Women make up more than half the population of the United Kingdom and, at a time when more women are in work than ever before, there is no good reason why women should not make up half of the House of Commons. Yet only 30 per cent of MPs are women; this constitutes a serious democratic deficit. The particular challenges faced by women MPs have been in the spotlight in 2016. The murder of Jo Cox has shown that the violence female elected representatives face globally is not absent in the UK. There have been recent high-profile cases of threats and abuse aimed at other women politicians; successful prosecutions are welcome but are not neutral acts for women considering the potential impact of taking up a role in public life.
The UK ranks only 48th globally for representation of women in the lower or single legislative chamber, having fallen from 25th place in 1999. If the Commons is serious about being truly representative of the people that it seeks to represent, it must rise to the challenge of being a world leader on women’s parliamentary representation. While political parties must retain responsibility for candidate selection, there is also a role for the Government, which has committed to achieving women’s full and equal participation under the Sustainable Development Goals, agreed by 193 UN Member States in 2015.
It has been almost 100 years since the first woman MP was elected, but it is a shocking reality that there have only ever been as many women MPs as there are men sitting in the House of Commons today. The backdrop to our inquiry is the publication of Boundary Commission proposals for implementing equalisation of the size of parliamentary constituencies, which will reduce the number of seats in the Commons to 600. In seeking to right one democratic deficit by equalising constituency sizes, political parties need to ensure they have strategies to tackle gender balance too.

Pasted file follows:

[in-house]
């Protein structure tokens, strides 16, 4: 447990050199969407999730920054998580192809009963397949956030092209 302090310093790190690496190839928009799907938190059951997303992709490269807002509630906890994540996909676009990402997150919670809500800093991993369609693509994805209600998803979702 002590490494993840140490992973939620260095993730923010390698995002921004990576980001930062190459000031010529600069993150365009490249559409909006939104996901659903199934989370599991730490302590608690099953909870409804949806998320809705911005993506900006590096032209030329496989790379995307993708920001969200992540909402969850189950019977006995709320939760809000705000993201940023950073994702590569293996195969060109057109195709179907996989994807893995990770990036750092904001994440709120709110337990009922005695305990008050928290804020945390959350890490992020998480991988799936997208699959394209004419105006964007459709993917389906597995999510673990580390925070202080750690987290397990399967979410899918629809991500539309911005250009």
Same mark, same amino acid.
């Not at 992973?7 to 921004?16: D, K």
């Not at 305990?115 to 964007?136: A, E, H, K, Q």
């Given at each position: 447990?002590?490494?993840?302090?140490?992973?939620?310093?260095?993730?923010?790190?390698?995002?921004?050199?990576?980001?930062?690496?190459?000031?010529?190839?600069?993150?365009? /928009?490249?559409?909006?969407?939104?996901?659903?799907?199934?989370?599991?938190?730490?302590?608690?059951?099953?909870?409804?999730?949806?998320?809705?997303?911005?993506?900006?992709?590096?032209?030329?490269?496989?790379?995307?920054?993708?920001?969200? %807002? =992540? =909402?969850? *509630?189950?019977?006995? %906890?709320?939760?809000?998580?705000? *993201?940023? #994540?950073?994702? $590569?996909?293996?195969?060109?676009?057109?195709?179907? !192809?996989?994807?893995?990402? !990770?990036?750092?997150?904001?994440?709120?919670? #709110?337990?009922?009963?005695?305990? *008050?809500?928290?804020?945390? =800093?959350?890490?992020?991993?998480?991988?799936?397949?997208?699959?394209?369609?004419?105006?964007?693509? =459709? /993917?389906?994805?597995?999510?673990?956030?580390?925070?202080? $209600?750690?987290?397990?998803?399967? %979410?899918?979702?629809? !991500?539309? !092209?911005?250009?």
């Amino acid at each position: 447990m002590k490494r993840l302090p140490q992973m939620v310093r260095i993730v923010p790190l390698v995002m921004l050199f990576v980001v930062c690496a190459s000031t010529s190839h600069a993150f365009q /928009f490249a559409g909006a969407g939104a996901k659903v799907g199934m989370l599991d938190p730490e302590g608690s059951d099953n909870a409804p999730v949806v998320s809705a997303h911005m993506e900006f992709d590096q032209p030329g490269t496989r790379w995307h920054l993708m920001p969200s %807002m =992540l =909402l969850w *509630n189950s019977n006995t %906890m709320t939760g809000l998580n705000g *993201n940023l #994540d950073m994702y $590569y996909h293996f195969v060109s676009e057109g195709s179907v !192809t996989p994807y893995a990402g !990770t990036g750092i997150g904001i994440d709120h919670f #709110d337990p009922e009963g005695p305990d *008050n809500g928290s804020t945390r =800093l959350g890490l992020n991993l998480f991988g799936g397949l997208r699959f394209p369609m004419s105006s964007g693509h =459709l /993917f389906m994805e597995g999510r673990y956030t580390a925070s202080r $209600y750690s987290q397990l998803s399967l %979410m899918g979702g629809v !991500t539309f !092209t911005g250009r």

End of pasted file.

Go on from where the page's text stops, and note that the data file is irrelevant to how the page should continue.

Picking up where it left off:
Parliament as an institution should actively encourage women to participate in democracy through its outreach initiatives, and continue to investigate ways of making the working environment of Westminster one that does not present unnecessary actual or perceived barriers to women’s participation.
Political parties have the primary responsibility for ensuring that women come forward to represent them and that they are put in positions from which they can win seats. The starting point for each party is different, but all of the main parties fielded significantly less than 50 per cent women parliamentary candidates for the 2015 General Election. The parties at present express confidence in their own internal mechanisms for improving this situation, but we consider that the Government should be prepared to legislate to achieve parity among candidates, including setting out financial penalties for under-performance, if voluntary measures do not bear fruit. Introducing publication of parliamentary candidate diversity data, as provided for in the Equality Act 2010, would be an important step towards transparency in holding parties to account for their performance.
In their evidence to our inquiry, the leaders of political parties agreed that the House would benefit from equality in gender representation, and they have made commitments to improving their parties’ performance. A range of initiatives, both voluntary and institutional, are in place, but we saw little evidence of an analysis of the likely effectiveness of these measures which would justify the confidence of political parties that they will be sufficient. We remain concerned that there is a lack of clear strategies for gender equality and concrete action plans to achieve it, and that party leadership is not yet providing the necessary clear and strong direction in working with local parties to deliver more women candidates. Parties should explicitly identify winnable seats and adopt ambitious targets for women candidates in those seats, with the aim of converting that into a significantly increased proportion of women MPs in all parties in the 2020 Parliament. Above all, parties need to be transparent and accountable in their progress, or the lack of it.
22 December 2016